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Sorry we’re so late posting this translation.  It first appeared on the web on several different sites in mid July of this year.  This translation, according to three independant sources is authentic.  Sadly, until someone of note is willing to go on the record, these fragments and the story of how they were stolen, deciphered and subsequently covered up will continue to lurk beneath the surface of credibility, enabling the powers that be to continue on with their hidden agenda.

July 2008

FRAGMENT #5 OF THE LOST SUMERIAN TABLETS

The holy migration across the heavens
The assembled Anunnaki
the gods of the apsu were assembled in the sacred places of old and new.

Ea, Ninki, Inanna and Utu,
Enlil beside Ninlil, Adad beside Ninhursag.
Mother Goddess, (unreadable) the wise Mammi
administered divine rights in the light of consecrated fires
while the womb goddess, Belet-ali was present.
The ordained fires, made pure with reeds, cedar and myrtle were burning in the appointed places.
Under the watchfulness, the stewardship of the men of renown, the ancient progenitors,
Umal’s ancient progenitors administered the ordained fires.

At three and two points (unreadable) did the (unreadable) wise men make an offering of flour.
After the circle ritual, Umal, his nations and tribes took refuge.
At three and two points, places of (unreadable) on the way through the heavens,
Umal, his nations and tribes washed their hands,
learned the rites and rituals in these places (unreadable) throughout the holy migration.

There in those places, Umal, the nations of the earth and the tribes
were made clean again.
In those places, Umal was made clean in a purification bath,
fully immersed, he did emerge clean.

As the young men of Dilmun (unreadable)
readied the new ship, the new ships, the planned vessels,
Inscribed by Ut napishtim at the direction of Enlil on behalf of Ea,
were made ready in those designated places.
At two and three points (unreadable)
the brave young men of Dilmun readied the vessels
for the (unreadable) journey through the heavens, the holy migration.
The brave young men of Dilmun administered the (unreadable)

The second (unreadable) next (unreadable), the place of Umal’s toil was prepared.
Abundance was bestowed on the land and in the seas
seed, cereals and fruit bearing trees were bestowed upon the land and fishes of all kind in the seas.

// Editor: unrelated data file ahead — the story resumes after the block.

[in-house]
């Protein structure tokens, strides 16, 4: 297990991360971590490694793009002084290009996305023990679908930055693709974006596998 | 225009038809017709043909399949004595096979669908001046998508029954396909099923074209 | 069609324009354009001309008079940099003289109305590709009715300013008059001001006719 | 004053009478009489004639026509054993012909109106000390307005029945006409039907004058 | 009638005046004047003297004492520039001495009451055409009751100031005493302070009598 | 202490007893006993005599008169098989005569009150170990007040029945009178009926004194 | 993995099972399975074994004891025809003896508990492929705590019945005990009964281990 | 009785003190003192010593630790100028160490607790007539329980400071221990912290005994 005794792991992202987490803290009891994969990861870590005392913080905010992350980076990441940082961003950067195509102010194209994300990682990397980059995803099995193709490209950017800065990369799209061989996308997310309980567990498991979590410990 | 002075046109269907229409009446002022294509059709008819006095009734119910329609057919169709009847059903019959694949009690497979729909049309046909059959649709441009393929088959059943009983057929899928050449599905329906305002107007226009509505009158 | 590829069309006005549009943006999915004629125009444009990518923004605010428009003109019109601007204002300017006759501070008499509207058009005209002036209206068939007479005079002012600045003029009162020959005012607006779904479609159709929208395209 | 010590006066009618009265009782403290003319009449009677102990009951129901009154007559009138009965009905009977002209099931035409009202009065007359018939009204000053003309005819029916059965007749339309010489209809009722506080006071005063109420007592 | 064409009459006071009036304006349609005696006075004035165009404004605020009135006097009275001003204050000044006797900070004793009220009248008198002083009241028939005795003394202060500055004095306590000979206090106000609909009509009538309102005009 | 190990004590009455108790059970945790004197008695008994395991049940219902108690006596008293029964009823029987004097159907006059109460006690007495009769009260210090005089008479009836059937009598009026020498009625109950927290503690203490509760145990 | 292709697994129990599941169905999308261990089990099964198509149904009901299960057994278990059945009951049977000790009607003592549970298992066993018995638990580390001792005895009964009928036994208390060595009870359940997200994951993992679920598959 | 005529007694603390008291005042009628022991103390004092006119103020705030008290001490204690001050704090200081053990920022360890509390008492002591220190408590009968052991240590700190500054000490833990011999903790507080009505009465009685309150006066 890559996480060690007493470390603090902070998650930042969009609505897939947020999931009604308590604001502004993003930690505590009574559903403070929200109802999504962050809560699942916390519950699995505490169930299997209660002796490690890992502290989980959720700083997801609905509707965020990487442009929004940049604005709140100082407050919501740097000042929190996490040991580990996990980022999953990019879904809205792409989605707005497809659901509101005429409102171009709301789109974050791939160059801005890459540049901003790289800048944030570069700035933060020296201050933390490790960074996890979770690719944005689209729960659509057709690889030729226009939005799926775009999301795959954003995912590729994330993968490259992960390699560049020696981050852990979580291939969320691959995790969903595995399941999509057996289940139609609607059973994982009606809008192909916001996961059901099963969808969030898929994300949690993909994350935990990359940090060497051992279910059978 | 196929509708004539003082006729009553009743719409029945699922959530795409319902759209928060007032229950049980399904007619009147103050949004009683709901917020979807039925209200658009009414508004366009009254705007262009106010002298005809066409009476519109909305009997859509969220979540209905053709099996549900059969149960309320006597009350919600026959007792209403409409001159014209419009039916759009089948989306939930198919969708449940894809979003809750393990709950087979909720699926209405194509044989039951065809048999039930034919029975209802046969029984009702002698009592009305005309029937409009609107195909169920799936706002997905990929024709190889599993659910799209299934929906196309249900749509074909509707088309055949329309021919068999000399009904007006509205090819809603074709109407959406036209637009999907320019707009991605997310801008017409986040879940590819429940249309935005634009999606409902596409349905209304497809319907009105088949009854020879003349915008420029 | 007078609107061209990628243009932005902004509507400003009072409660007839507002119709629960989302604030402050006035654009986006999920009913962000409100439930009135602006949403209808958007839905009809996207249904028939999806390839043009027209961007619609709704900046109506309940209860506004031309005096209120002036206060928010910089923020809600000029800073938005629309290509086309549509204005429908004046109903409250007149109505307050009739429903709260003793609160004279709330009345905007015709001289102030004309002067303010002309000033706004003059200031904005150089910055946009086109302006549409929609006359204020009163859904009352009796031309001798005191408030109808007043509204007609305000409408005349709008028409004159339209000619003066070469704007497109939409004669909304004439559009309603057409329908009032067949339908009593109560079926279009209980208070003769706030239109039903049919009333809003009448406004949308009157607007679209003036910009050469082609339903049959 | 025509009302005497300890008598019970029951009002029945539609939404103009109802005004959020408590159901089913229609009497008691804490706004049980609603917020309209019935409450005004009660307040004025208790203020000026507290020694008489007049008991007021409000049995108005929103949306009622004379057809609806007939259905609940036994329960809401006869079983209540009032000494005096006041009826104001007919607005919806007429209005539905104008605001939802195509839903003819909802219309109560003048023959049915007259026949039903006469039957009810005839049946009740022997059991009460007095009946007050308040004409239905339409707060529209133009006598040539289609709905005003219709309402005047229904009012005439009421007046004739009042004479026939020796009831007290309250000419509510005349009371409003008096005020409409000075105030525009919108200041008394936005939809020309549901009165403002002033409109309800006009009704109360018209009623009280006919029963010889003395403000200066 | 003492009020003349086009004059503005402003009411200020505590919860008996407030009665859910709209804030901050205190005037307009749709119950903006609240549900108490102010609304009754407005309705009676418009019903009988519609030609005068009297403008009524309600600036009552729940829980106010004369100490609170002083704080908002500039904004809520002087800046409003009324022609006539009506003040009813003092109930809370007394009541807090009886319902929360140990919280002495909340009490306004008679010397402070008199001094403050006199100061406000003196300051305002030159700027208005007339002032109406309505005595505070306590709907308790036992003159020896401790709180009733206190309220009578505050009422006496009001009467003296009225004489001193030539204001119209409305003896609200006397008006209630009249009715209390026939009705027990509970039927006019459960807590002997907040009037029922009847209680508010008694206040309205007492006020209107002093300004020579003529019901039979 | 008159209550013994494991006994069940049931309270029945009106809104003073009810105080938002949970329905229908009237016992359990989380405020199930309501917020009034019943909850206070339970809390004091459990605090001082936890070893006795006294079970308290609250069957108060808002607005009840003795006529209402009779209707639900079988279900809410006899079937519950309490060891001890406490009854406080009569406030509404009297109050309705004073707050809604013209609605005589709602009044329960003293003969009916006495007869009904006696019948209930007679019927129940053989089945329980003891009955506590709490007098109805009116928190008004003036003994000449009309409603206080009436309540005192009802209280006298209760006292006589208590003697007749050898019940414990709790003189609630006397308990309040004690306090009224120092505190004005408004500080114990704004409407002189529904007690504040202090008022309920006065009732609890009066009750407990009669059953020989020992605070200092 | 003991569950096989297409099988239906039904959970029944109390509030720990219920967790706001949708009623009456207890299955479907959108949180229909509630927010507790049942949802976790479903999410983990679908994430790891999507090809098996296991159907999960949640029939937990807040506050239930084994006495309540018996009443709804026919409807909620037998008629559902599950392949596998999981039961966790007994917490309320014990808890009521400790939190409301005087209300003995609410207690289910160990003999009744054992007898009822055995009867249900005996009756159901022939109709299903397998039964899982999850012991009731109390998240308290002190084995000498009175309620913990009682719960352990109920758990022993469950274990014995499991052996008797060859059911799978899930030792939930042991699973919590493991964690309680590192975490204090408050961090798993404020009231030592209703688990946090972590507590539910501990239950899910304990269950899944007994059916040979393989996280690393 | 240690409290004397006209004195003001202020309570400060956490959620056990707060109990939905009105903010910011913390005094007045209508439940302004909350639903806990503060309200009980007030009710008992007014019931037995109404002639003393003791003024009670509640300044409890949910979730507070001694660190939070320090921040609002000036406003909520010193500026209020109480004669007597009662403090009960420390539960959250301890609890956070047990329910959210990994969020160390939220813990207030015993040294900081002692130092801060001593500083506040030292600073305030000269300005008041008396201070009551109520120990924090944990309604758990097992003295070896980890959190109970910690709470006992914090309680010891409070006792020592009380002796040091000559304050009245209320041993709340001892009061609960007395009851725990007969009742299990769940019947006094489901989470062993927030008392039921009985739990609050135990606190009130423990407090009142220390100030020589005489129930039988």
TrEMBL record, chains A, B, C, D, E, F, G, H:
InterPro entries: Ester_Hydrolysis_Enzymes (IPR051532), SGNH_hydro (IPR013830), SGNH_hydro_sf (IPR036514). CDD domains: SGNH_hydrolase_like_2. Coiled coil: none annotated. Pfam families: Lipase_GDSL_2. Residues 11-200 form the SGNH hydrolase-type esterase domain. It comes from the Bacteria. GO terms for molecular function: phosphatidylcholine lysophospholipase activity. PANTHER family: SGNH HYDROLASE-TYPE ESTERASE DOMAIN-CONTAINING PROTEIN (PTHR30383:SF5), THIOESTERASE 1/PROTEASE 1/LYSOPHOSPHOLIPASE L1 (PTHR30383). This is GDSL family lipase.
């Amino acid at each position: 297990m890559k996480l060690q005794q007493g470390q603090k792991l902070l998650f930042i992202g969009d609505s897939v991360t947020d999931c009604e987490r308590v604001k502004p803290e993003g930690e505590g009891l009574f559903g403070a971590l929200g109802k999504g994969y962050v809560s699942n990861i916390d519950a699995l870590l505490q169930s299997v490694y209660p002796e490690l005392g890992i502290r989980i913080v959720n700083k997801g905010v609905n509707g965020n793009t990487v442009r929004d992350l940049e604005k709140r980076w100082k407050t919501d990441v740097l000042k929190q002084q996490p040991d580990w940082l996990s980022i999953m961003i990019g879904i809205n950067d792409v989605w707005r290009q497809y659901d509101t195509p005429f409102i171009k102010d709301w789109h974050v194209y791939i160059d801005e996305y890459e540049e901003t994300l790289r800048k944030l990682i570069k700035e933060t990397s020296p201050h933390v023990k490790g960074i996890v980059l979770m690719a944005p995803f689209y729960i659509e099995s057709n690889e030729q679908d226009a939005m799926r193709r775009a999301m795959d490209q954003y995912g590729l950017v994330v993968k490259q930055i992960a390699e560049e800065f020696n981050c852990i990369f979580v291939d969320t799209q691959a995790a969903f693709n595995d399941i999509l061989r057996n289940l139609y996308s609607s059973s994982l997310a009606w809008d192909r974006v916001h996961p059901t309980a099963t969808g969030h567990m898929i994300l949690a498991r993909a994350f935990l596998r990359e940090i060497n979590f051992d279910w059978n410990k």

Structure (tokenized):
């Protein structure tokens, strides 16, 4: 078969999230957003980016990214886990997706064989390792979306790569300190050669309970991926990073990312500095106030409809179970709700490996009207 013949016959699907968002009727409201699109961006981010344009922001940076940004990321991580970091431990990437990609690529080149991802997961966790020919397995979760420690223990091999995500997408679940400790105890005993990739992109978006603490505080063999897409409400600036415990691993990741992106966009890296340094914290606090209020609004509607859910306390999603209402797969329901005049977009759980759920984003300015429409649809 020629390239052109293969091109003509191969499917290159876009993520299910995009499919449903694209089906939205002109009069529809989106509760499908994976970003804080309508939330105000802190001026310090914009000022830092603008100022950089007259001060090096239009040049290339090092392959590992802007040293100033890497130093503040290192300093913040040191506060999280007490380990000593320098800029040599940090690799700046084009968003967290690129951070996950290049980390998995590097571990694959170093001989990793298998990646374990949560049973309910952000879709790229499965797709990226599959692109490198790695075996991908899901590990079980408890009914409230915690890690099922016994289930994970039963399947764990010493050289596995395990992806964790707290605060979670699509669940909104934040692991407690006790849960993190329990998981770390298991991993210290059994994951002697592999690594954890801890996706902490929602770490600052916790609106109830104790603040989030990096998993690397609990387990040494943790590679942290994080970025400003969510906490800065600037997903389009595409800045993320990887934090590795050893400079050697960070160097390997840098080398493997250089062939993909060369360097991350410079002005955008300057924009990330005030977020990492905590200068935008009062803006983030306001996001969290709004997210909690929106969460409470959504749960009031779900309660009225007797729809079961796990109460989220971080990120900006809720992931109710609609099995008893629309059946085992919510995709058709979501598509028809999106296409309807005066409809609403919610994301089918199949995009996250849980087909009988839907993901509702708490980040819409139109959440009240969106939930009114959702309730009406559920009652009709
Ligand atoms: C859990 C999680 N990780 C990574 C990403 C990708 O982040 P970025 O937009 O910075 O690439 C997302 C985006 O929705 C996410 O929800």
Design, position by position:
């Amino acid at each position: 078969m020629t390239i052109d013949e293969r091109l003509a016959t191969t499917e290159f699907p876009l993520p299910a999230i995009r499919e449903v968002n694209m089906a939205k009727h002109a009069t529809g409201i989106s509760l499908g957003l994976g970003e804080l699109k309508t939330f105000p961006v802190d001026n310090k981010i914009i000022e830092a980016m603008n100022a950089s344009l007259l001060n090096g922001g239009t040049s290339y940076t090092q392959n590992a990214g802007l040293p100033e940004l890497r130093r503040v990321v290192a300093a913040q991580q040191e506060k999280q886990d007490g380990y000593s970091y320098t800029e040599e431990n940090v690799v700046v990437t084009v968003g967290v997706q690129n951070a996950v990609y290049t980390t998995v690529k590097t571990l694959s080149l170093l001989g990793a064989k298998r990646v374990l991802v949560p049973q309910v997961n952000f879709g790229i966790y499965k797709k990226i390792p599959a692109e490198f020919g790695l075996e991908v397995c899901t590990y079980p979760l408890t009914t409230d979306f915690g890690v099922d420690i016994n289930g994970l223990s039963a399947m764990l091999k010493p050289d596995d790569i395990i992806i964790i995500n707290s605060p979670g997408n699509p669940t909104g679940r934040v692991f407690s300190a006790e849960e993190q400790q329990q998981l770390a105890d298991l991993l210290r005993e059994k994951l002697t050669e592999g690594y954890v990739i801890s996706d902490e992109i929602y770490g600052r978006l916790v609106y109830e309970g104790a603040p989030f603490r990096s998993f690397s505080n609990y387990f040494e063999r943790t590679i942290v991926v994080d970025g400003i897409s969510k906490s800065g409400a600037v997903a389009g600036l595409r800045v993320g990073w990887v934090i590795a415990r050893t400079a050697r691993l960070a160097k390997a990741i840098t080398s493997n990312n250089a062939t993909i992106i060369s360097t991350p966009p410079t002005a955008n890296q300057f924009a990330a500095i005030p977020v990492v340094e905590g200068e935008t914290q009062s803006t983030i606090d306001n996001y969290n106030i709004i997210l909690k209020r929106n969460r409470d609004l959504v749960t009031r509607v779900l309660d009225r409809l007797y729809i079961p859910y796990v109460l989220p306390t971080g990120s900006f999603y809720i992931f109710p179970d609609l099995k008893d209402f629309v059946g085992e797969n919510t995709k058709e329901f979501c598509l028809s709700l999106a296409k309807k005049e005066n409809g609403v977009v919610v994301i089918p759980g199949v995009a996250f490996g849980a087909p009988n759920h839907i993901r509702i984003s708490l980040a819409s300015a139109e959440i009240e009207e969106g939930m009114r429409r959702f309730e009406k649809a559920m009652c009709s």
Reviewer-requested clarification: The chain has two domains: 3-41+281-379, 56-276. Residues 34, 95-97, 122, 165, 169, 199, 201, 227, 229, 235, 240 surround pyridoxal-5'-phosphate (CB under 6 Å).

Under the firmament Umal shall (unreadable…unreadable…unreadable) not go.
The gods of the apsu, the assembled annunaki did decree:
To the heavens shall Umal look for his bread
and to the divine ordinances shall Umal find his justice.
No more shall Umal (unreadable)  in the designated, the sacred places.

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This incantation is one of most well-known and details the origins of the toothache, placing blame on a worm that obtained permission from the gods to dwell among the teeth and gums.

Toothache Incantation

The Incantation  dates back to  Neo-Babylonian times but a colophon indicates the text was copied from an earlier version.

“The Legend of Sargon” is an incomplete, Neo-Assyrian story depicting the early years of Sargon of Agade and dates back to first half of the second millennium. It’s a very short poem yet very quite fascinating.Sargon's journey on the river.

We see Sargon’s mother put him in a basket before she sends him sailing down the Euphrates where is picked up and adopted by Akki the drawer of water(irrigator). See how many elements of baby moses story you can identify in this much older tale.

This Sumerian poem is one of the shortest of all Sumerian epic tales at 115 lines of text. Despite it’s brevity, it is of significance from several points of view. First, its plot deal with humans and earthly struggles alone. No mythological motifs are included in the epic. Secondly, it is of considerable historical importance since it provides hitherto unknown facts concerning the struggles between Sumerian city states. Finally, for history of governments and politics, the poem is very special as it records the two oldest political assemblies known to man.Gilgamesh, thy praise is good.

The text of “Gilgamesh and Agga” is reconstructed from eleven tablets and fragments. Ten were excavated in Nippur while one of the reconstructed tablet’s orgins are unknown. All the tablets and fragments date from the first half of the second millennium BCE however, it is believed, the poem was originally composed much earlier.

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